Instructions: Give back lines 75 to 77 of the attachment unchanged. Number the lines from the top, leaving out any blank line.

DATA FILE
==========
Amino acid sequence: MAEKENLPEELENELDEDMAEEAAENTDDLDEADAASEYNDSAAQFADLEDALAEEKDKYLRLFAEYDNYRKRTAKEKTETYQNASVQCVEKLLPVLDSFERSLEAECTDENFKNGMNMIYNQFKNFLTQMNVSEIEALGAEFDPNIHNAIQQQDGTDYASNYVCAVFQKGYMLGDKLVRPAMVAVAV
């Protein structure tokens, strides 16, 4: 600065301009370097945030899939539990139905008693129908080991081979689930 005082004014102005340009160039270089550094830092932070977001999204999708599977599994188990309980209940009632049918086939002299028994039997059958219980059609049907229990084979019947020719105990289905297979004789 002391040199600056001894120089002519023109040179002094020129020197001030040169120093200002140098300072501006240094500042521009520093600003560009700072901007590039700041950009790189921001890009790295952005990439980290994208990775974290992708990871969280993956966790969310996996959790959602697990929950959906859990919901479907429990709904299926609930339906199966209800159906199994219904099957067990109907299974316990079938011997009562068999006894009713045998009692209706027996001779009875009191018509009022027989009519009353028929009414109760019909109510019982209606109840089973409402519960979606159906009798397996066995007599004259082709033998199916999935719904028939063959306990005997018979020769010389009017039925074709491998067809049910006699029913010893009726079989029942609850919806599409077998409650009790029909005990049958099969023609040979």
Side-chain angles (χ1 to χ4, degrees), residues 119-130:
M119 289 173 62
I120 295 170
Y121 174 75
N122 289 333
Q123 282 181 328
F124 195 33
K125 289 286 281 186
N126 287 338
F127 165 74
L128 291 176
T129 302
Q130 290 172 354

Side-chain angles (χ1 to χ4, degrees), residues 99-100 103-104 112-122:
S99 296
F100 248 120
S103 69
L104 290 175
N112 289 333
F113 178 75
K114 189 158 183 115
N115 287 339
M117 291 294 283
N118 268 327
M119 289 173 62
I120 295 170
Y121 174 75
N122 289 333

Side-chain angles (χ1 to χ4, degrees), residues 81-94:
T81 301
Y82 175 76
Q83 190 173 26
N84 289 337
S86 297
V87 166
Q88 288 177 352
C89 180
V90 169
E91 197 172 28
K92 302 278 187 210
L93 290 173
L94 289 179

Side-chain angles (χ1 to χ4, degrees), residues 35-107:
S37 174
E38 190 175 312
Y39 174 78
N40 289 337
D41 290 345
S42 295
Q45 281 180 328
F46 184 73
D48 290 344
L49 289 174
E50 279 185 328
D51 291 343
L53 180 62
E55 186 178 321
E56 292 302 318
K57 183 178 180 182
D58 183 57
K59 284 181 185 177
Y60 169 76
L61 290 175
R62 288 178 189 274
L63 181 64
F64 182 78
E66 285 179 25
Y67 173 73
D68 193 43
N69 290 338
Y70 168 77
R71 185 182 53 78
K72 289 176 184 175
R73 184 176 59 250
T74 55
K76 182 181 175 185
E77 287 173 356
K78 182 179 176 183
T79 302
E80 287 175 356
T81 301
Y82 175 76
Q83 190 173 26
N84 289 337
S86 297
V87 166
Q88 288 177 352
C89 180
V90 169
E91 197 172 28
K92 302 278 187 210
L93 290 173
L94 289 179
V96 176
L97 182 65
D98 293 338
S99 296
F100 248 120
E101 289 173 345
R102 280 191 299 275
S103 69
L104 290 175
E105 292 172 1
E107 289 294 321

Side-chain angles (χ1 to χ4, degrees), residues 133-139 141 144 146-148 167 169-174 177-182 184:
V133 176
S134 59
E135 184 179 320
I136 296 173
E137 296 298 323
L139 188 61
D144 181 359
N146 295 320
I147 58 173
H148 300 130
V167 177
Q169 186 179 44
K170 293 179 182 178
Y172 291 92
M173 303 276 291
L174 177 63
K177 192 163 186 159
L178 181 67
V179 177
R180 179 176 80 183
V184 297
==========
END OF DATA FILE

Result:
K72 289 176 184 175
R73 184 176 59 250
T74 55